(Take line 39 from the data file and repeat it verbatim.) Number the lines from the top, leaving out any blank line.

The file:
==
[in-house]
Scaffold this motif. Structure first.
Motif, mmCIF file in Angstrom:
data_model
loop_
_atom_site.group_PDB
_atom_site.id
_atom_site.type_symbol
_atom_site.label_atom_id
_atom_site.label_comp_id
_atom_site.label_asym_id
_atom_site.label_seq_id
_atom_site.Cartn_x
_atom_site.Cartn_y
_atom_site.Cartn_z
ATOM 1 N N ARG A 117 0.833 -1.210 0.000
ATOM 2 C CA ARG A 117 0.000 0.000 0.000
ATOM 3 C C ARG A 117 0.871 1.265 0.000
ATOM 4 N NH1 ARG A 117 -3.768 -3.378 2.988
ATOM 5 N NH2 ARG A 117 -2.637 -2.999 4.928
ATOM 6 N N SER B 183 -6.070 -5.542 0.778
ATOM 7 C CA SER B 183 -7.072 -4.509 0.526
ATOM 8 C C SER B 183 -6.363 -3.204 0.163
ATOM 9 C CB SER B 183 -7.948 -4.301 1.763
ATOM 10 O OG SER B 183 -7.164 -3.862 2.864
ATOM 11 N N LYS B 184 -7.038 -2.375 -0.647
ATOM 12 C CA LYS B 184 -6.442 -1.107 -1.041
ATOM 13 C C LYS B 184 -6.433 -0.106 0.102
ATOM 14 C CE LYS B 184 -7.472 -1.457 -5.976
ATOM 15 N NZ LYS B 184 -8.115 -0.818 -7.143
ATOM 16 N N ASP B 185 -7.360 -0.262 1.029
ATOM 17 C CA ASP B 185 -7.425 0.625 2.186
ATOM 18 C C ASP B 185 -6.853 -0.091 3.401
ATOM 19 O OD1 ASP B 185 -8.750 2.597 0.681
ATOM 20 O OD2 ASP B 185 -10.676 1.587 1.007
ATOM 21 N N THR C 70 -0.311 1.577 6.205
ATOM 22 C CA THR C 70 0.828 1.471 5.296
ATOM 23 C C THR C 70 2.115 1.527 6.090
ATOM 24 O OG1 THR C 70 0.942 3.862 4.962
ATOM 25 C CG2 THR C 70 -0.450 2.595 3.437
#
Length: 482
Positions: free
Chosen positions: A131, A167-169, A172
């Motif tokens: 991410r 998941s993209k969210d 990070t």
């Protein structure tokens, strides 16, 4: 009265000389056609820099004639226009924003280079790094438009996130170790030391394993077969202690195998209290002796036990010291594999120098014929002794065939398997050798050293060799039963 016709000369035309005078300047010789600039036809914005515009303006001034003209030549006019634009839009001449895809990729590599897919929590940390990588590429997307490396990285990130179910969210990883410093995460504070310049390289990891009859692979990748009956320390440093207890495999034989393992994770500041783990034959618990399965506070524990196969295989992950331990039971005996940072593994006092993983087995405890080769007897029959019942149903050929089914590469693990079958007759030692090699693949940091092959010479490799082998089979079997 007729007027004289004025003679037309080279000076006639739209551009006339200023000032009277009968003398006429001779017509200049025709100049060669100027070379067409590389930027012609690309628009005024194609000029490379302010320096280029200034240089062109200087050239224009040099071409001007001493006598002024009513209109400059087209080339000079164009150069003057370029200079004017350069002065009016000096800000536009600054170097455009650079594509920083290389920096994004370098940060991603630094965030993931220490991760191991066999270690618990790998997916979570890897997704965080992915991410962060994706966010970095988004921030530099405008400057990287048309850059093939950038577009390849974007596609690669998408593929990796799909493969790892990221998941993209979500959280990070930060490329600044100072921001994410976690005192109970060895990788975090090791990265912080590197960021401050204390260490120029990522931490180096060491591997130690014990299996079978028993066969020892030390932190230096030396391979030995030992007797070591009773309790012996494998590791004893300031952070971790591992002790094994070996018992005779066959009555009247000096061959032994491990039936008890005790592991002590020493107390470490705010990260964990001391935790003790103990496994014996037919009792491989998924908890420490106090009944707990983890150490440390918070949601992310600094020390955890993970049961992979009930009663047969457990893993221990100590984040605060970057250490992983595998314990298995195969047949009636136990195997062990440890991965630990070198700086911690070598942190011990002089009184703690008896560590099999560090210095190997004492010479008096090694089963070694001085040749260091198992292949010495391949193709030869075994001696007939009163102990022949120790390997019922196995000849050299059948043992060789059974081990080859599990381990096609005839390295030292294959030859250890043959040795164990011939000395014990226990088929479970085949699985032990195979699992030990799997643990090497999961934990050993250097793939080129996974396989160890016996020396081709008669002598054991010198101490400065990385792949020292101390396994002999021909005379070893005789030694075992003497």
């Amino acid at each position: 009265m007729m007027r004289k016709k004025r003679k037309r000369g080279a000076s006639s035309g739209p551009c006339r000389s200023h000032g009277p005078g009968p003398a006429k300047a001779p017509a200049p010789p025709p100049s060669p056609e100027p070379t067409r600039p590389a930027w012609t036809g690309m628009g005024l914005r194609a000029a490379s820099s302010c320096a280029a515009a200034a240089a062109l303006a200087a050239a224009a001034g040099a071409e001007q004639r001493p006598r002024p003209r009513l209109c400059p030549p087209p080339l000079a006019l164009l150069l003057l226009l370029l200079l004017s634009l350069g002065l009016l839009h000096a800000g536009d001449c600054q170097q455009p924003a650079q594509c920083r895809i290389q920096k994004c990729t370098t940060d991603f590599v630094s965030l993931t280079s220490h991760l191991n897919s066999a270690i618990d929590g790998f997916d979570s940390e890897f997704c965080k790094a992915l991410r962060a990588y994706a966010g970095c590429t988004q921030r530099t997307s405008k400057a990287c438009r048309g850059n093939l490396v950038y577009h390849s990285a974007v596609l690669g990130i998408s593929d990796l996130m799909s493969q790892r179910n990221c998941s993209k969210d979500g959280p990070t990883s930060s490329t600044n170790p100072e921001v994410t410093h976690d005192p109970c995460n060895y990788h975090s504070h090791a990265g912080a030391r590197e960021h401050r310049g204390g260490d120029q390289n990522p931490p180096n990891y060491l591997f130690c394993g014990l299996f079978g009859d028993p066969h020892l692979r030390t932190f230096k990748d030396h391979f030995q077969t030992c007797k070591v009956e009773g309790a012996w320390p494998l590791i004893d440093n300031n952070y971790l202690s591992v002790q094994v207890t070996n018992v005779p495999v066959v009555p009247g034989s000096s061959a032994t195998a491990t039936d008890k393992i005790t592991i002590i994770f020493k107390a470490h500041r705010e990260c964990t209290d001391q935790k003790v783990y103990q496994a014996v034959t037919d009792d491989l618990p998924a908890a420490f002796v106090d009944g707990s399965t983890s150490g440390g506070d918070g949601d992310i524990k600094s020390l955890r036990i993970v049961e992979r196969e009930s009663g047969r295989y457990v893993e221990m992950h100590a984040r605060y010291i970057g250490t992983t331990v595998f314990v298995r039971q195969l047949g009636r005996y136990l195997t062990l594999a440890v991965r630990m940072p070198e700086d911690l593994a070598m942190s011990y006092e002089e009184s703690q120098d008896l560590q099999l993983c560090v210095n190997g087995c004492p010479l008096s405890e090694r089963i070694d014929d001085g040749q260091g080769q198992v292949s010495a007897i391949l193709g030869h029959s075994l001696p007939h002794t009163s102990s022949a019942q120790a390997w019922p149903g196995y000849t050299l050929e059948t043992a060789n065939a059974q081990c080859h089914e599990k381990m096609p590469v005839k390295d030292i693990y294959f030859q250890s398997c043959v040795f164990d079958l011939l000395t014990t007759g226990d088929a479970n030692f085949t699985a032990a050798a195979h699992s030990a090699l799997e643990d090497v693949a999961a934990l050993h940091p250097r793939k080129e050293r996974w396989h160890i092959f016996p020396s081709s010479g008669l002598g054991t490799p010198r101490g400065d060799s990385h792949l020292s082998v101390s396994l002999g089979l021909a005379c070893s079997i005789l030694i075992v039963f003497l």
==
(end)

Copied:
ATOM 24 O OG1 THR C 70 0.942 3.862 4.962